Millionaire who lived like a pauper
A pensioner spent his days looking for change in parking meters but died a rich man, writes Aengus Fanning
For sevens months or so of each year, John Hughes was a daily visitor to the south Dublin swimming sanctuary of Seapoint, where the regulars regarded him as an eccentric scavenger who refused to spend 10 cents if he could avoid it.
John, who hardly ever went for a swim, was looked upon with some amusement because he tested telephone kiosks and parking meters for loose change, picked up used tickets on buses and at bus stations in order to claim refunds, and had a €3 lunch every day in a community centre.
"He was so mean, he had only one holiday, as far as I was aware, in the 30 years I knew him," said a friend. "He kept saying, 'I'll have a holiday next year'. He went to Spain once, and that was that. But he was permanently bronzed by exposure to the weather and the sun."
It was known that he had a good pension -- he had worked for many years as a compositor in Independent Newspapers in Middle Abbey Street -- and that he owned at least two houses.
Many years ago, in the Independent, where he was known as 'Rashers', he lent £200 to a colleague who was in financial difficulty, but he never got the money back -- a lesson he never forgot.
His routine was to spend four nights a week in his Maynooth house, and three in Drumcondra, where he had another property. He took the train (he had a free pass) to town, where he kept six bicycles at different locations. (In his working days, he preferred a motorbike.) He cycled around, checking meters and kiosks for change at St Stephen's Green, Holles Street, Haddington Road and other city streets, had lunch in Crosscare Meals Centre, and took the Dart from the city to Seapoint through spring, summer and autumn.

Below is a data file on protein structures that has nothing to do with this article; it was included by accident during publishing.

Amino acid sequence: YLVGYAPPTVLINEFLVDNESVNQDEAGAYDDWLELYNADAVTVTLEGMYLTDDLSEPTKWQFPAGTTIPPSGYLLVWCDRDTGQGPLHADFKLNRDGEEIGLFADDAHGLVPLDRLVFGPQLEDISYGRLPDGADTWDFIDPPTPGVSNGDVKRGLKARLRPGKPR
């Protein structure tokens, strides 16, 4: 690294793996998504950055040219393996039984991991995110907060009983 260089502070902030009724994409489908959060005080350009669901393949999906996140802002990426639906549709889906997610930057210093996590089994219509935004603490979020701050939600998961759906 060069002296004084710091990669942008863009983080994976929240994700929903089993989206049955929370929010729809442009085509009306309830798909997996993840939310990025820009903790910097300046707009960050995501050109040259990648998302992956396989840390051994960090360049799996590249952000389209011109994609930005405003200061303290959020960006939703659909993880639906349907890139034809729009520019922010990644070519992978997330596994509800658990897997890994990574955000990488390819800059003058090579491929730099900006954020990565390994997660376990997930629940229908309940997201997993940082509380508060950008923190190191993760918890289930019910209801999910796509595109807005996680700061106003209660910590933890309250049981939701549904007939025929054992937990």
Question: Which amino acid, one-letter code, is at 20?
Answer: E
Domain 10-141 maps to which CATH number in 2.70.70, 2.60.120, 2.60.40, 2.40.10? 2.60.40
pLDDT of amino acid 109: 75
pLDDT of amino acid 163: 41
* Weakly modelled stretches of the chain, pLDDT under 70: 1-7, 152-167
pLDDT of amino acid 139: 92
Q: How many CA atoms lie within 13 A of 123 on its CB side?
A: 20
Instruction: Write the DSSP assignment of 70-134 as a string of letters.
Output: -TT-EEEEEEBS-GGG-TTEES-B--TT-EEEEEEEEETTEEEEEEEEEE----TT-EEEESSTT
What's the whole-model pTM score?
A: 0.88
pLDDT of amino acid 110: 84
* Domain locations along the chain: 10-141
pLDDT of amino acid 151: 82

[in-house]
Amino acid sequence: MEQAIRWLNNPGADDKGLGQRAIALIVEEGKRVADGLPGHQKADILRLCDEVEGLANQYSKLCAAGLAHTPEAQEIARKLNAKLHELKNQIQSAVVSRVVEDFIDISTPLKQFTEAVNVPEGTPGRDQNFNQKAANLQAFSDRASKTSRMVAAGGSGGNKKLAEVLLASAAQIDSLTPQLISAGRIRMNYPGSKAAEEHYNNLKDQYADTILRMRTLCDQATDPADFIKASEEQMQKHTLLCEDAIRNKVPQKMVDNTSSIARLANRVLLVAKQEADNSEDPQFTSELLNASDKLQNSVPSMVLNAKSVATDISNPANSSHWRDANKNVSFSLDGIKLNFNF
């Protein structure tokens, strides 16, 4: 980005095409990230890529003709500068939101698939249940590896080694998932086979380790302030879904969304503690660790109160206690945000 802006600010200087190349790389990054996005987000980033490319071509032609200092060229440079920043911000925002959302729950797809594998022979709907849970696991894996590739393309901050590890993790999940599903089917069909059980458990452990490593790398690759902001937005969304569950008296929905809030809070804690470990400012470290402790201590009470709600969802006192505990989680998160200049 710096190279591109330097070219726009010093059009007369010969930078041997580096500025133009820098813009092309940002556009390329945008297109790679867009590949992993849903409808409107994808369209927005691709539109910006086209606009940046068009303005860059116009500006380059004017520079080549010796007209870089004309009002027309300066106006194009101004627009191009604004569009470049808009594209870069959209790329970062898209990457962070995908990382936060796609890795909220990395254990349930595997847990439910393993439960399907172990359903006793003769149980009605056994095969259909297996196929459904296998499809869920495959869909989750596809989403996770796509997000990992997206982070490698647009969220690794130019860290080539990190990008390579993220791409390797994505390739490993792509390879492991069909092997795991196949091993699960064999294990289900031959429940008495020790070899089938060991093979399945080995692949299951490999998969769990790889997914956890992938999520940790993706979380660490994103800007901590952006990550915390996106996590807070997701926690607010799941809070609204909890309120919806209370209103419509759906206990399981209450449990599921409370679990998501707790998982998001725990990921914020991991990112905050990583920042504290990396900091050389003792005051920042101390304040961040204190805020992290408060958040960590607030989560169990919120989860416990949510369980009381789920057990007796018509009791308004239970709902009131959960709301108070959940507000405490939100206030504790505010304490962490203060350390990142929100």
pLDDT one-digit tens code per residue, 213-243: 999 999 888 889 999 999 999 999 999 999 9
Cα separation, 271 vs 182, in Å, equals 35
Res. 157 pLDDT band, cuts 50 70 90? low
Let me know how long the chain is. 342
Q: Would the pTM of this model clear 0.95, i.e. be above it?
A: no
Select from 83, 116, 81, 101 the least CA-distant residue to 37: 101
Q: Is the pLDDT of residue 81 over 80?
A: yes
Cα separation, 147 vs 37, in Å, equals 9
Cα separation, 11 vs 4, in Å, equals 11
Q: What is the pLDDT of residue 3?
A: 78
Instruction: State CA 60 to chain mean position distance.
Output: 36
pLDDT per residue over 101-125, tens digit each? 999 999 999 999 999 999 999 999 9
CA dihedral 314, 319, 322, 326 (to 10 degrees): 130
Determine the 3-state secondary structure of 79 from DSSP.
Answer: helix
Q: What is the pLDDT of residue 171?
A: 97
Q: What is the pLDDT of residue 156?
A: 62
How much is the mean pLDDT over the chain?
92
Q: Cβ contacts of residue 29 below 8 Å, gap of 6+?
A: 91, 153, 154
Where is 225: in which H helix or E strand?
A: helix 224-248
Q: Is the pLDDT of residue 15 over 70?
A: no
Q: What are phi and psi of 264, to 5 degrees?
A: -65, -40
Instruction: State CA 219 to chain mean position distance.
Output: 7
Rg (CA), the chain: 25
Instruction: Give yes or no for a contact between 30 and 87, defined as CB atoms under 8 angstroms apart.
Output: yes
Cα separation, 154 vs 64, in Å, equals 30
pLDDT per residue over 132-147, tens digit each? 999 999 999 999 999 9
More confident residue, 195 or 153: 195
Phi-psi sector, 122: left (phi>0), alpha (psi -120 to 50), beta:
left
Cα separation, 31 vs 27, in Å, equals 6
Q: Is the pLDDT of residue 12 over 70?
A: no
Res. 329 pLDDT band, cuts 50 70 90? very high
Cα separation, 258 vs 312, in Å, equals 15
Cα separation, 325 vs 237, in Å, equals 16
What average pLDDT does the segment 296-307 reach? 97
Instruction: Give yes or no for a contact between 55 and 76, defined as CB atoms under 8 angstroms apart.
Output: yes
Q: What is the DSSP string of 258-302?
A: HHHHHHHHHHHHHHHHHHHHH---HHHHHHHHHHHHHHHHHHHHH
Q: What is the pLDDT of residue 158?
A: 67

Then, about 18 months ago, John began to lose weight dramatically, but his friends say he was too mean to get proper medical attention.
Finally, last January, he collapsed while pushing his bike over a railway bridge in Bray, and he died, aged 73, last May in Loughlinstown Hospital. He was unmarried.
Then the rumours at Seapoint really took off.
It was said his estate was worth €6m, that he had owned four houses and had lived his entire life in one suit of clothes.
So when the will was announced a few weeks ago, there was a slight sense of disappointment among the regulars that John had left a mere €1,001,396.
At least, this was a rare instance where it was possible to precisely calculate the degree of exaggeration in a rumour -- a factor of six in this case.
"Everyone in Seapoint liked John," said his friend, "He was a classic case of the millionaire who lived like a pauper. We miss him. And I suppose most of us felt sorry him, for the way he led his life, when he had no need to. It's sad. He couldn't help it."